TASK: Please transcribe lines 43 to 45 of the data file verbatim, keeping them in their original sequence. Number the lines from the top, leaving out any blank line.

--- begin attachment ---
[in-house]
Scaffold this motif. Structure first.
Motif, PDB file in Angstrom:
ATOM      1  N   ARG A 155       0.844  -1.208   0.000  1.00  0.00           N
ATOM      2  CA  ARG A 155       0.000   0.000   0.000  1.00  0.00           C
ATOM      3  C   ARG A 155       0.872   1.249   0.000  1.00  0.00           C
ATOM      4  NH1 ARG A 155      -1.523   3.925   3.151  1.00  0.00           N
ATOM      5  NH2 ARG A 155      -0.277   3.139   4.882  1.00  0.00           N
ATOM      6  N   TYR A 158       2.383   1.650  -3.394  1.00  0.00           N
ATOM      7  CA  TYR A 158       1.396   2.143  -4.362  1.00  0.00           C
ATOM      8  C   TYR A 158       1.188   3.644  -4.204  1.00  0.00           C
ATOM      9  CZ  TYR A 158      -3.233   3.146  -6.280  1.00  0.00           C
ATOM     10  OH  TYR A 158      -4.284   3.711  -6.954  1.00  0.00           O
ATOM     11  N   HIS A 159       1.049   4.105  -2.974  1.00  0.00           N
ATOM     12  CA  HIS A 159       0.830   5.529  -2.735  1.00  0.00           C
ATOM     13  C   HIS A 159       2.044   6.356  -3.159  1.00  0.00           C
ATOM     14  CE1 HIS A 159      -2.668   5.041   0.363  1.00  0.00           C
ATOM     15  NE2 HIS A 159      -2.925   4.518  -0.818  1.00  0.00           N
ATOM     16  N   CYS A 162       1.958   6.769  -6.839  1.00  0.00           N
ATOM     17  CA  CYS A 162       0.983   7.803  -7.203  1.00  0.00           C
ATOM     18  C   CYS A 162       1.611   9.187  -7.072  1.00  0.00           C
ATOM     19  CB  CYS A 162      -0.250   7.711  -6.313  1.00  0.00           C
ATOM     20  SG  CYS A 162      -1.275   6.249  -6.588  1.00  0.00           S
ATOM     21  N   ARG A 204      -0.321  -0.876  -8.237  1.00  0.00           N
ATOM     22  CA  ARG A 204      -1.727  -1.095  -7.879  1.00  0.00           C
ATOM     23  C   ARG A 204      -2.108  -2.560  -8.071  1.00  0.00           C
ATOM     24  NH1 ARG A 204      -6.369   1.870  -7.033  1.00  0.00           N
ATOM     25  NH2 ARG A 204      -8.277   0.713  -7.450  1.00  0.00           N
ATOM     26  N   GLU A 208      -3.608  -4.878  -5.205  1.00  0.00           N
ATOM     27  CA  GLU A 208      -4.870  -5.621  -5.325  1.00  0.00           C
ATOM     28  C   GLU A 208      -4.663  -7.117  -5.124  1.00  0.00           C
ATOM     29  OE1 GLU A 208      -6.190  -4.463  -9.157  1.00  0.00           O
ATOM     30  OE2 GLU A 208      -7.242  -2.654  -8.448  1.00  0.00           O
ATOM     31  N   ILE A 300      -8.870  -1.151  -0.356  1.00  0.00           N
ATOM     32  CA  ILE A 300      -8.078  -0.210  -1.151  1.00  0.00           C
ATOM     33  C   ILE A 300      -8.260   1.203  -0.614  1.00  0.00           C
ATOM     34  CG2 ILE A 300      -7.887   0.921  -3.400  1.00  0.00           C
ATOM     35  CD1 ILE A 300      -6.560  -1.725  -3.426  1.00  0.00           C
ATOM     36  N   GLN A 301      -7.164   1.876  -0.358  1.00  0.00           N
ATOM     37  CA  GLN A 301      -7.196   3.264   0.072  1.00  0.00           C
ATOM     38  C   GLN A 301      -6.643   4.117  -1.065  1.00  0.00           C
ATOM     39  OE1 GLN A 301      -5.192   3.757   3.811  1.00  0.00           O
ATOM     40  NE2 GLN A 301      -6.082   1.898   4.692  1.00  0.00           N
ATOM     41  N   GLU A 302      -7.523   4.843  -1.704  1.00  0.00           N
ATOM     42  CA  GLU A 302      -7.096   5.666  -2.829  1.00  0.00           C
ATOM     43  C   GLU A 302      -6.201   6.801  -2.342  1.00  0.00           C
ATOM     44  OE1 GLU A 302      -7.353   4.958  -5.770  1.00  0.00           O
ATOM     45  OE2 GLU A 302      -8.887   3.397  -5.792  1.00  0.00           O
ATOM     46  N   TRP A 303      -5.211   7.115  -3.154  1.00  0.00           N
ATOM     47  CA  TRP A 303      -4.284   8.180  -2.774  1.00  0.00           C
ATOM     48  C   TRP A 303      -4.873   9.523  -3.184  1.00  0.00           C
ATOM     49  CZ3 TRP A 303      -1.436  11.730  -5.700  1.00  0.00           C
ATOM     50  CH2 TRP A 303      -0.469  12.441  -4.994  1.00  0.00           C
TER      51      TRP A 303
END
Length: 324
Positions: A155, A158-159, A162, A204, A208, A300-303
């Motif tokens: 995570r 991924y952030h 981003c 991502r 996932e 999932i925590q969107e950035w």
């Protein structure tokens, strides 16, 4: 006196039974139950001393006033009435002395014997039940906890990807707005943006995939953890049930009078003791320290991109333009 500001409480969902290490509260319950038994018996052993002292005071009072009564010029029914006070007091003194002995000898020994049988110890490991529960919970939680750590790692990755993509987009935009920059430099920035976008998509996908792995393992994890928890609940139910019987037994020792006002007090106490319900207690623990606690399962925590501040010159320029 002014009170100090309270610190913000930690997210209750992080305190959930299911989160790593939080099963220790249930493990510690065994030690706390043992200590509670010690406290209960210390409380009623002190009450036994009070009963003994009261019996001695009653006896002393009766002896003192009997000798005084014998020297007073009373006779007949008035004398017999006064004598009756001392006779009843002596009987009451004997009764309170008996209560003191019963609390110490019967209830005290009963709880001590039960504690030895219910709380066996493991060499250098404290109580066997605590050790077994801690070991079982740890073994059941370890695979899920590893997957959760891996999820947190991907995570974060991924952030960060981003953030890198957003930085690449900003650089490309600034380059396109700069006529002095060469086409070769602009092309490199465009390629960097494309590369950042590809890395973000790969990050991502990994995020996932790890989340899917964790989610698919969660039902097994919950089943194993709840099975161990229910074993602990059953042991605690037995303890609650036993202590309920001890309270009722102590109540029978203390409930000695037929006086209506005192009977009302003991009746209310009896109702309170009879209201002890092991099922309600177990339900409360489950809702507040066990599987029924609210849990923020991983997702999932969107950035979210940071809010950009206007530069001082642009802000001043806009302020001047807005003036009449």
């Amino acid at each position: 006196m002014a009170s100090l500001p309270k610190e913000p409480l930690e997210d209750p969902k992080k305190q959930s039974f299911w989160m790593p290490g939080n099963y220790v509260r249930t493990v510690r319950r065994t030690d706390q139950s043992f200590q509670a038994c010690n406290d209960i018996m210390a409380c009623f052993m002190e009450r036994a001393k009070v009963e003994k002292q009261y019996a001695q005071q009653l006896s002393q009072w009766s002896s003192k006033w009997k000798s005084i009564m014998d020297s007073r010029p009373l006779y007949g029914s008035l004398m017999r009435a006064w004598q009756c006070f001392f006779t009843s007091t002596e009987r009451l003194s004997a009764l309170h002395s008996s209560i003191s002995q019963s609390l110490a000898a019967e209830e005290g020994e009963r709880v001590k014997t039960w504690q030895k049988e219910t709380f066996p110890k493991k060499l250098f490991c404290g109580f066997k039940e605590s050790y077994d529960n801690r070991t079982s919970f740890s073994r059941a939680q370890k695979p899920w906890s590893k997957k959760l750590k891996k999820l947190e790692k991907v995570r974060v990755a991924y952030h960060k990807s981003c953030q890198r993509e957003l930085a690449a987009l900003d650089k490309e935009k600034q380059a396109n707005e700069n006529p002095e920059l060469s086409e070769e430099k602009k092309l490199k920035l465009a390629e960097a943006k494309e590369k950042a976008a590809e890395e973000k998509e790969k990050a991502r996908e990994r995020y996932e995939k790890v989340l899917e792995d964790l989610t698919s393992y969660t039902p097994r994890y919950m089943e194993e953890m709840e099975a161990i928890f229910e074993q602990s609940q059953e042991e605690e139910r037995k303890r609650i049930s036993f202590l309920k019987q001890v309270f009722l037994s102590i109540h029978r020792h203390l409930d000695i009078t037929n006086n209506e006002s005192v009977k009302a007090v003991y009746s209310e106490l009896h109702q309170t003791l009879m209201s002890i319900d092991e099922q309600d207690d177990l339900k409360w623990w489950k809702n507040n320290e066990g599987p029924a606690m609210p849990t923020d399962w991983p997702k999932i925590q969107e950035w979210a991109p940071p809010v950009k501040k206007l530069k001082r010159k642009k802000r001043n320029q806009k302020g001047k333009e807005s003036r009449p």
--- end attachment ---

ATOM     40  NE2 GLN A 301      -6.082   1.898   4.692  1.00  0.00           N
ATOM     41  N   GLU A 302      -7.523   4.843  -1.704  1.00  0.00           N
ATOM     42  CA  GLU A 302      -7.096   5.666  -2.829  1.00  0.00           C